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I also thought that this book was sometimes hard to follow when the author jumped from one thing to the other. More of a clue would have been nice. You can figure it out but you may have to go back and reread a bit. That's a flaw that editing should have caught. It can happen when you are too familiar with a work and your mind fills in the gaps a new reader's won't.
Though there wasn't much of it, I also could have done without the animal cruelty. There are other ways to show that a character is amoral or despicable or that someone might sacrifice something he loves for something else he loves. Scenes of animal cruelty stick with me, and I would rather not have them in anything I'm reading or watching.
With the exception of John H, the characters were one-dimensional and frankly some were unbelievable--the long-suffering boyfriend comes to mind.
I wish this review could have been otherwise as I did truly enjoy some parts of this book. Also whenever I look upon someone's novel disapprovingly, I'm reminded of something author Rita Mae Brown once wrote at the beginning of one of her novels, which began something like this, "If you think it's easy to write a novel, I suggest you try it . . . " She's right. To write an entire novel, much less get it published by a major publisher, is a major feat of which anyone should be proud. And as I mentioned earlier, whether or not you enjoy this book is entirely subjective. So respectfully, and with apologies to the author who has accomplished something I have not and most of you reading this have not, I submit my review.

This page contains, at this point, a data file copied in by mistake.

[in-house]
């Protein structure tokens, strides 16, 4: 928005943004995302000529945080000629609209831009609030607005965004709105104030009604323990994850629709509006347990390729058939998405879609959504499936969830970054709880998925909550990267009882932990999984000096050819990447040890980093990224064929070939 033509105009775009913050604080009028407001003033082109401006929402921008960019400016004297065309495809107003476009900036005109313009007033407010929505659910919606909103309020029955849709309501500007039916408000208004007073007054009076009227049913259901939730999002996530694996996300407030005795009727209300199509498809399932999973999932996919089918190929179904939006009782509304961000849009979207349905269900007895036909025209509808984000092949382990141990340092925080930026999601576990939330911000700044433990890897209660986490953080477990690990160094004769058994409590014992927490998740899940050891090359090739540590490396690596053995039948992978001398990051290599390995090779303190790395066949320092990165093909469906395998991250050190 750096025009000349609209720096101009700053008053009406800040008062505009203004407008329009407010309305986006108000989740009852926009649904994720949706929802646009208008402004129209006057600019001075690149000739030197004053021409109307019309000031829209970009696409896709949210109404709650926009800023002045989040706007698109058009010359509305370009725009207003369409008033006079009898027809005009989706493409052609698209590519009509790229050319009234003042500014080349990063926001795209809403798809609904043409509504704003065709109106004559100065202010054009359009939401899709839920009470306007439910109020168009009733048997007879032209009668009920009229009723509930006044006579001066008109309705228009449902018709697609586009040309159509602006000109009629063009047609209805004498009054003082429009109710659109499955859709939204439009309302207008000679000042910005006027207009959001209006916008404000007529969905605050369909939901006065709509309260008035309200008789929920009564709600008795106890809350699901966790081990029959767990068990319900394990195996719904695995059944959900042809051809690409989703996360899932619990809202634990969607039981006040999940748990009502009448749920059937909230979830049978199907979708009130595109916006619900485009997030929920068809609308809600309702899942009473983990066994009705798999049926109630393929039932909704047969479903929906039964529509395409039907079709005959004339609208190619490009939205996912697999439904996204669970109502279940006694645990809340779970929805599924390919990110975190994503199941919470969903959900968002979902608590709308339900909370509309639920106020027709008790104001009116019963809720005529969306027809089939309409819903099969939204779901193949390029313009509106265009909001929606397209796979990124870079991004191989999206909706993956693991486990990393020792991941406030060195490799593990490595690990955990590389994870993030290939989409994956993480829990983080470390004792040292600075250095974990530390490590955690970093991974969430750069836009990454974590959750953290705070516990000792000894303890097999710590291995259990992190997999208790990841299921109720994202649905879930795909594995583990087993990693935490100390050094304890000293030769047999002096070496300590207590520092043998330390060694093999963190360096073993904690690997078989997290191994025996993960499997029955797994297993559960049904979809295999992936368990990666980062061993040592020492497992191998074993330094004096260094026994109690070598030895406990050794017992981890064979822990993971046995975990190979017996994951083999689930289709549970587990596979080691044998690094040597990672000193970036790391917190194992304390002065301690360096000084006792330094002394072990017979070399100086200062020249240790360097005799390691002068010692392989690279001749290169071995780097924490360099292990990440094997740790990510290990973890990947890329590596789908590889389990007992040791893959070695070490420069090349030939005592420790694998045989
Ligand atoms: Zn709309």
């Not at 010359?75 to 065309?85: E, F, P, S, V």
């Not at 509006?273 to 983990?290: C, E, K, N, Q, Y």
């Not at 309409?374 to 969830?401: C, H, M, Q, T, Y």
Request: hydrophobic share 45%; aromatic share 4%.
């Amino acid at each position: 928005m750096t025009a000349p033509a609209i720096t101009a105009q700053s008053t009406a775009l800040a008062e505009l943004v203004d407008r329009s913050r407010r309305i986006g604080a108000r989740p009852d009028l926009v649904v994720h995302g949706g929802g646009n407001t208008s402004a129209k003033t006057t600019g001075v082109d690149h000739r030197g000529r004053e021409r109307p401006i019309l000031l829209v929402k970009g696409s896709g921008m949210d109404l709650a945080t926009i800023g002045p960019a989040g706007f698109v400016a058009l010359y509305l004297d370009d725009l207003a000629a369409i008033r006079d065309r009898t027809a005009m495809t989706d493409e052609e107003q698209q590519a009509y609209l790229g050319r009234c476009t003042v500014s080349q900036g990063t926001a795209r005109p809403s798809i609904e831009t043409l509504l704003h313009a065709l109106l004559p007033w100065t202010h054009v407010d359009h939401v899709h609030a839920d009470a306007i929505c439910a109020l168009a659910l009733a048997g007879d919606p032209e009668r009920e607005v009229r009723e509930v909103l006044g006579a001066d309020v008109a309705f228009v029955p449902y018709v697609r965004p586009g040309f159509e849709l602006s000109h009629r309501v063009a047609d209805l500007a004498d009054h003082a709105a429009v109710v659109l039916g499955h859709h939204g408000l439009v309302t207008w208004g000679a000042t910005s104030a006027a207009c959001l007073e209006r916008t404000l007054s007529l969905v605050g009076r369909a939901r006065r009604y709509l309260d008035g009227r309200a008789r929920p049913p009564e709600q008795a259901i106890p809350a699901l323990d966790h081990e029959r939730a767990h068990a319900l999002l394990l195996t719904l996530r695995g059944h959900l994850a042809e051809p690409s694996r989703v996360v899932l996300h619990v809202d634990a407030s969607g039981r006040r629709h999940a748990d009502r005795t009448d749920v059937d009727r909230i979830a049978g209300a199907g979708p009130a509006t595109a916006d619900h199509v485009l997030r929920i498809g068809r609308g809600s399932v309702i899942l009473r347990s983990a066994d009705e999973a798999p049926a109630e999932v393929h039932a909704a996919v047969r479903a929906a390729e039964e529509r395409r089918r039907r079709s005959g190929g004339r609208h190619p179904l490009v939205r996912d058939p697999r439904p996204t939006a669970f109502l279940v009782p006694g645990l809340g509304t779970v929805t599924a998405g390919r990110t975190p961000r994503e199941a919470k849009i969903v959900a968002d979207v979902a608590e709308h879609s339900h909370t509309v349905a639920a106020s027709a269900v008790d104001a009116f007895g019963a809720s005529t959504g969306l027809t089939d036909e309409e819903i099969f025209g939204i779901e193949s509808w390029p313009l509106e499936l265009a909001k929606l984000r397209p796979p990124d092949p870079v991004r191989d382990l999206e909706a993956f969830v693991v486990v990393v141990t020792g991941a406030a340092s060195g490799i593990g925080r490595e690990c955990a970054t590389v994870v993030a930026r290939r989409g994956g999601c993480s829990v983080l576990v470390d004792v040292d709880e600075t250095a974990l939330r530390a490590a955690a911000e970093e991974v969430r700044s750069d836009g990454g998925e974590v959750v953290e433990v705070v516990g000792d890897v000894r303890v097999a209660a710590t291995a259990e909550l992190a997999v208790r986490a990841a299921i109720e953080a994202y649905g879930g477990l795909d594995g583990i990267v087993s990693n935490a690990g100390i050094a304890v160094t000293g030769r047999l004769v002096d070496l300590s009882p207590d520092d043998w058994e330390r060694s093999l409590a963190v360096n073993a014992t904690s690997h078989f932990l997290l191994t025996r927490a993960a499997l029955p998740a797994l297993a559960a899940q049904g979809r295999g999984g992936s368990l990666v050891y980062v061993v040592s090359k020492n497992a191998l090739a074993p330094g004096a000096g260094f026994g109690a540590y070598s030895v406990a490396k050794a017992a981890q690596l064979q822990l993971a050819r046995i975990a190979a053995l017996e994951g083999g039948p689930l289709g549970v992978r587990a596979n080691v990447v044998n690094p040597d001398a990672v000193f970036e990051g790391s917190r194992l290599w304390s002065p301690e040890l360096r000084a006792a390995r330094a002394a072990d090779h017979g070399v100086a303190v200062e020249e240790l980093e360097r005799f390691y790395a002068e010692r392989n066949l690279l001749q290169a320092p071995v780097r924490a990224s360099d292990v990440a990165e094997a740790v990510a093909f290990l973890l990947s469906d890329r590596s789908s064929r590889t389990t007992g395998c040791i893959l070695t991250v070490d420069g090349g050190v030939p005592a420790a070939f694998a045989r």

If you have a passion for learning about the downside of being an archeologist or love reading long (really long) passages describing the topography and geology of western canyons, and want to learn new vocabulary words in these subject areas, then you may really like this book.
The clash between big business and conservation is still so contemporary. I’ve been into that canyon many times, and it’s a majestic wonderland now, a waterway with high red cliffs that seem to go on forever.. His description of what it must have been before it was flooded is so compelling. The interposition of the archeology, and the Crow interests, for and against the dam, add so much, and make for a complex, satisfying story.
I also enjoyed his descriptions of the horse culture, of what it meant to be a cowboy, a horseman, as the modern world inevitably found its way to Montana.
This book paints such a clear picture of life in the west in the 1950’s, but also addresses issues that are still contemporary today in that part of the world – land, big business, Native American rights, Native American poverty, city versus country, conservation,feminism. Best of all, it’s likeable characters are alive in my mind, and their story flows on beautifully. Whether one calls it history, drama, romance, social commentary, or a bit of all four, this is a great book that lives up to its hype.
Anybody who has ever fished or hunted around the Bighorn will love it.